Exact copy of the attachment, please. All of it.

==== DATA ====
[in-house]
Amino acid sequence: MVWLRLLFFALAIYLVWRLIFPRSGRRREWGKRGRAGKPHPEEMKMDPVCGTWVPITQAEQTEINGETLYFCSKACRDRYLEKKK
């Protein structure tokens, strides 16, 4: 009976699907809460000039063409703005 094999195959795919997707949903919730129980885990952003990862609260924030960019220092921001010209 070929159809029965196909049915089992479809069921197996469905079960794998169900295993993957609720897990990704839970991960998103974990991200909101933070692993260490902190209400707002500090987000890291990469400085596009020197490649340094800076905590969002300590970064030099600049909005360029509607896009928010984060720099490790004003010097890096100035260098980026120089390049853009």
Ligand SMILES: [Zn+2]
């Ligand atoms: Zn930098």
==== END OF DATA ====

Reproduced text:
[in-house]
Amino acid sequence: MVWLRLLFFALAIYLVWRLIFPRSGRRREWGKRGRAGKPHPEEMKMDPVCGTWVPITQAEQTEINGETLYFCSKACRDRYLEKKK
């Protein structure tokens, strides 16, 4: 009976699907809460000039063409703005 094999195959795919997707949903919730129980885990952003990862609260924030960019220092921001010209 070929159809029965196909049915089992479809069921197996469905079960794998169900295993993957609720897990990704839970991960998103974990991200909101933070692993260490902190209400707002500090987000890291990469400085596009020197490649340094800076905590969002300590970064030099600049909005360029509607896009928010984060720099490790004003010097890096100035260098980026120089390049853009």
Ligand SMILES: [Zn+2]
């Ligand atoms: Zn930098």